Tip #4: Use concise sentences (or fragments).

Sentences and sentence fragments should be simple and to the point (but not stuttering). Each sentence should ideally convey a single idea, but clearly-structured compound sentences are acceptable as well.

Examples
BAD In order to time travel the MaxSpeed setting must be set to 88MPH because lower speeds will not achieve the desired result, but users should be careful around turns as high speeds are dangerous.
BAD Time travel requires MaxSpeed to be set. The ideal value is 88MPH. Lower speeds will not achieve the desired result. Users should be careful around turns as high speeds are dangerous.
GOOD Setting MaxSpeed to 88MPH is required to enable time travel – lower speeds will not achieve the desired result. However, users should take care around turns, as high speeds are dangerous.

Tip #5: Write down questions that the documentation should answer.

The point of writing documentation is to document the subject and educate the reader, but every piece of documentation should be written with an understanding of which questions it is answering. Questions can be as specific as "How do I deploy service X?", or as vague as "How does the system work?", but for vaguer questions, there are ostensibly sub-questions (or skeleton bullets) that help to flesh them out.

These questions can be included as a preface to the documentation if desired, which can serve to set the reader's expectations and frame of reference (both of which can help to improve comprehension and retention).

A contrived example:

After reading this document, users should be able to answer:

    - What does the system's topology look like?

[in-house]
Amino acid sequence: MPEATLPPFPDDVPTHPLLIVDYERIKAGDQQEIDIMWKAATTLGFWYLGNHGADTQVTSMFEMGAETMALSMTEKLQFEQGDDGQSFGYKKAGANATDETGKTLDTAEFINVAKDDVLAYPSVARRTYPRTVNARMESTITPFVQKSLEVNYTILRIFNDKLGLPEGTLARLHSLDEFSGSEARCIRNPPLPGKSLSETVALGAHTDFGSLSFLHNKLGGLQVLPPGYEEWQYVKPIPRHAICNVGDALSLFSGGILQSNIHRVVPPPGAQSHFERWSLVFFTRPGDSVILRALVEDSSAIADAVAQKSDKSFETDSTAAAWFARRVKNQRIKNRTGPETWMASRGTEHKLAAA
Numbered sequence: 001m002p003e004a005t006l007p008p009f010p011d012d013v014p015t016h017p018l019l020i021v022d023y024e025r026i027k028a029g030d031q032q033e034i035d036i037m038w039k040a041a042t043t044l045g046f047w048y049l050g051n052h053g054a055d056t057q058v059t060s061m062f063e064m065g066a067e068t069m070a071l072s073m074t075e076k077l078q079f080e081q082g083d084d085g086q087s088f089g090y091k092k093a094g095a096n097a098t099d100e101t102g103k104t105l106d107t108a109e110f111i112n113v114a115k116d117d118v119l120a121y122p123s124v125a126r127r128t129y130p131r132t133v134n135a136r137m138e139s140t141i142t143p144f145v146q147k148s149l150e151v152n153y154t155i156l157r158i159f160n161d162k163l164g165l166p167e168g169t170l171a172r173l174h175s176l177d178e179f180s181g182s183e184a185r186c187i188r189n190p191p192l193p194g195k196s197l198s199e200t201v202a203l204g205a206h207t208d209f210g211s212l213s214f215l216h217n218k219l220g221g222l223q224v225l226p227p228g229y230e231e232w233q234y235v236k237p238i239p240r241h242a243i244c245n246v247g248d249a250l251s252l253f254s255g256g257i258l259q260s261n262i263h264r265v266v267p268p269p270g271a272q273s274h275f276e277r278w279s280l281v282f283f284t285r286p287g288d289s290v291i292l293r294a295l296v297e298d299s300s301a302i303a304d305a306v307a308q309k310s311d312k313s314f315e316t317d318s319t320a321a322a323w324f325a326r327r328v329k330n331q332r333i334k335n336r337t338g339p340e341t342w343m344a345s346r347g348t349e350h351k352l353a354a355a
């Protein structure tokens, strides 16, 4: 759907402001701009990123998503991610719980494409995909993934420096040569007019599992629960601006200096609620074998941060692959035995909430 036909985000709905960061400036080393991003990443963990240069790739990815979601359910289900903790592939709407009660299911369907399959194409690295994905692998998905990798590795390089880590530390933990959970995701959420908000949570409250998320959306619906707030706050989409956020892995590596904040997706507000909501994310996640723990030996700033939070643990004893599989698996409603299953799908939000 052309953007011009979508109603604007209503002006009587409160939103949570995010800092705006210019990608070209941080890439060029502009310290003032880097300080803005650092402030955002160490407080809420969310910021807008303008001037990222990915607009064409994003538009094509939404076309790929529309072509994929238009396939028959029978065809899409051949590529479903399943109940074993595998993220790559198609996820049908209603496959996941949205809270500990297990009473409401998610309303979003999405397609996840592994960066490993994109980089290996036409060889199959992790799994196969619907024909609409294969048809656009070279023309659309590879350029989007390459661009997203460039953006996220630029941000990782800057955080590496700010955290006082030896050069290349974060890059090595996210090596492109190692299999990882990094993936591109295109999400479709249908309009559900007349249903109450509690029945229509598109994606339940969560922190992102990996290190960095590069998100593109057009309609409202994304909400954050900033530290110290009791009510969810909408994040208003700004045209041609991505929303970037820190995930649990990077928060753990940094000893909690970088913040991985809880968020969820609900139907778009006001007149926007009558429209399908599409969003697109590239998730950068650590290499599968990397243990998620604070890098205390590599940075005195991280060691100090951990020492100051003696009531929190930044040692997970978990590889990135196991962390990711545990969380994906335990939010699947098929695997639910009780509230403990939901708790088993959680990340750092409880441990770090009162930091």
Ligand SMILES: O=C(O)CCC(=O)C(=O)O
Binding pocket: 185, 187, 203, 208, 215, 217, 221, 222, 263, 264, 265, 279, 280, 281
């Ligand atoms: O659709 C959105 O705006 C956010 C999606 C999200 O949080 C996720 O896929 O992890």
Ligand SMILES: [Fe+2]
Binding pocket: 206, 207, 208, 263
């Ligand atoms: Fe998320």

- What are components X, Y, and Z, and how are they related?
    - When should one use Modes 1-3 of component X?
    - How can component Y be deployed in a HA capacity?
    - How can components X and Y be tuned to mitigate load on component Z?
    - How can all of the components be configured for correctness versus availability?

Tip #6: Write skeleton documentation first.

Starting with a skeleton shows the full breadth and depth of a document (or set of documents) before anything is written, enabling a more holistic view of the content and helping to ensure cohesion and flow. Conversely, by fleshing out each section as it's added, it can be easy to lose track of the scope of the section relative to the document, or the scope of the document itself. This approach also serves as a TODO list, helping to ensure that sections aren't forgotten about and enabling the documentation to be divided and conquered.

A contrived example:

# The Document Title

## Overview

    - One-sentence or elevator pitch summary
    - Introduce components X, Y, and Z

## Component X

### Overview
    - Responsible for all client ingress
    - Sole entrypoint into the system